Table of Contents: I. Introduction. – I.1. Mapping out the constitutional and legislative framework for EU citizenship law. – I.2. The multiple constitutional functions of Art. 21 TFEU. – I.3. Tensions between primary and secondary law: the UK Settlement as an illustration. – II. Deconstitutionalising the perimeters of EU citizenship law: from Martínez Sala v. Freistaat Bayern to Brey as reflected in the UK Settlement. – II.1. Enshrining EU citizens’ rights in EU primary law: “constitutional engineering”. – II.2. The adoption of new legislation: fresh political guidance. – II.3. Legislation acting as a gateway to EU citizenship rights. – II.4. Interim conclusion: deconstitutionalisation. – III. Constitutionalising the perimeters of EU citizenship law: from Metock to Lounes, via the UK Settlement. – III.1. EU legislation and the rights attached to EU citizenship: from Singh to Akrich. – III.2. Ambiguities on the sources of rights: the adoption of a new legislative framework & revirement in Metock. – III.3. Shifting to Art. 21, para. 1, TFEU: from the UK Settlement to Lounes. – III.4. Interim conclusion: constitutional protection? – IV. Soul searching: acknowledging the political dimension of EU citizenship law and locating the debate at legislative level. – IV.1. Art. 21, para. 1, TFEU and Directive 2004/38: the Directive as a gateway to EU primary rights? – IV.2. Concluding remarks on the relationship between primary and secondary rights.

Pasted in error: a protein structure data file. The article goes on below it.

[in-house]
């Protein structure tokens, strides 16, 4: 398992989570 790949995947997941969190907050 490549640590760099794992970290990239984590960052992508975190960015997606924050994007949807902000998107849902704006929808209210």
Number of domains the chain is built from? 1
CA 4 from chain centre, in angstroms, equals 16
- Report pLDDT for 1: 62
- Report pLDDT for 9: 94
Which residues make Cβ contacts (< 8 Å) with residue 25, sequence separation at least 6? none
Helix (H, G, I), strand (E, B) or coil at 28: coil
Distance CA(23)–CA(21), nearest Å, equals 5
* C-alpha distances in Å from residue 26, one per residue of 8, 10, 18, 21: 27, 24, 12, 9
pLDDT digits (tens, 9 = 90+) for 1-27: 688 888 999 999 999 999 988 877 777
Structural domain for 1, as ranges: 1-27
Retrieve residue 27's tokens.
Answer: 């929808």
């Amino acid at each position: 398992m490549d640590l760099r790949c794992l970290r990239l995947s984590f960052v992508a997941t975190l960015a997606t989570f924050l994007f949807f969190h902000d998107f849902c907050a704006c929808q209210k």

Abstract: In a series of recent cases on the rights of mobile EU citizens who do not perform an economic activity, the Court of Justice of the EU “deconstitutionalised” its understanding of key aspects of the free movement of EU citizens. The Court moved the discussion to the secondary law level, having kept it at the primary law level for many years. This line of cases sheds light on the ability of the Court to reframe the interplay between primary and secondary law as well as between the judicial and political guidance. The post-Brey case law provides a remarkable, if not unique, example of deconstitutionalisation following a period of intense constitutionalisation. The practical implications of this process are well illustrated in the context of the debate on Brexit that tests the relationship between treaty and legislative rights. This Article makes an enquiry into whether the trend towards a broader deference to political guidance in EU citizenship case law has been mirrored in other areas of citizens’ rights having been subject to controversy in the context of Brexit, such as the status of third-country national family members.
Keywords: EU citizenship – constitutionalisation – settlement for the UK – Brexit – Metock – Brey.
* Head of the Institute for European Law, KU Leuven, and Visiting Professor, College of Europe, email@example.com.